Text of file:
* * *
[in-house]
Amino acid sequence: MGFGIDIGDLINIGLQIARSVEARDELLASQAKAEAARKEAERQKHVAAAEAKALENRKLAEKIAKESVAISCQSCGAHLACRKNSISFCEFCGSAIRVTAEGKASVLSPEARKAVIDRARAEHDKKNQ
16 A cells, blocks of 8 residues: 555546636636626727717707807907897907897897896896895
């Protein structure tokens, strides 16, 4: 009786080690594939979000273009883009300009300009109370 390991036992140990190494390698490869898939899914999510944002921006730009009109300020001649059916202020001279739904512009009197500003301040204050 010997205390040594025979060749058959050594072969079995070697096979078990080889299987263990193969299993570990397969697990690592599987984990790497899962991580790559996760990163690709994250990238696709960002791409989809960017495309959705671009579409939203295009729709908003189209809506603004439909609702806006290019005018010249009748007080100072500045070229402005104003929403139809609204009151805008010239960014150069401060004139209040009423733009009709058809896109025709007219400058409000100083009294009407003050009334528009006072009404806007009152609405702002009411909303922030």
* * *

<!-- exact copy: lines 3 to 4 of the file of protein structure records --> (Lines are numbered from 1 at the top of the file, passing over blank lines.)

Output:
16 A cells, blocks of 8 residues: 555546636636626727717707807907897907897897896896895
């Protein structure tokens, strides 16, 4: 009786080690594939979000273009883009300009300009109370 390991036992140990190494390698490869898939899914999510944002921006730009009109300020001649059916202020001279739904512009009197500003301040204050 010997205390040594025979060749058959050594072969079995070697096979078990080889299987263990193969299993570990397969697990690592599987984990790497899962991580790559996760990163690709994250990238696709960002791409989809960017495309959705671009579409939203295009729709908003189209809506603004439909609702806006290019005018010249009748007080100072500045070229402005104003929403139809609204009151805008010239960014150069401060004139209040009423733009009709058809896109025709007219400058409000100083009294009407003050009334528009006072009404806007009152609405702002009411909303922030």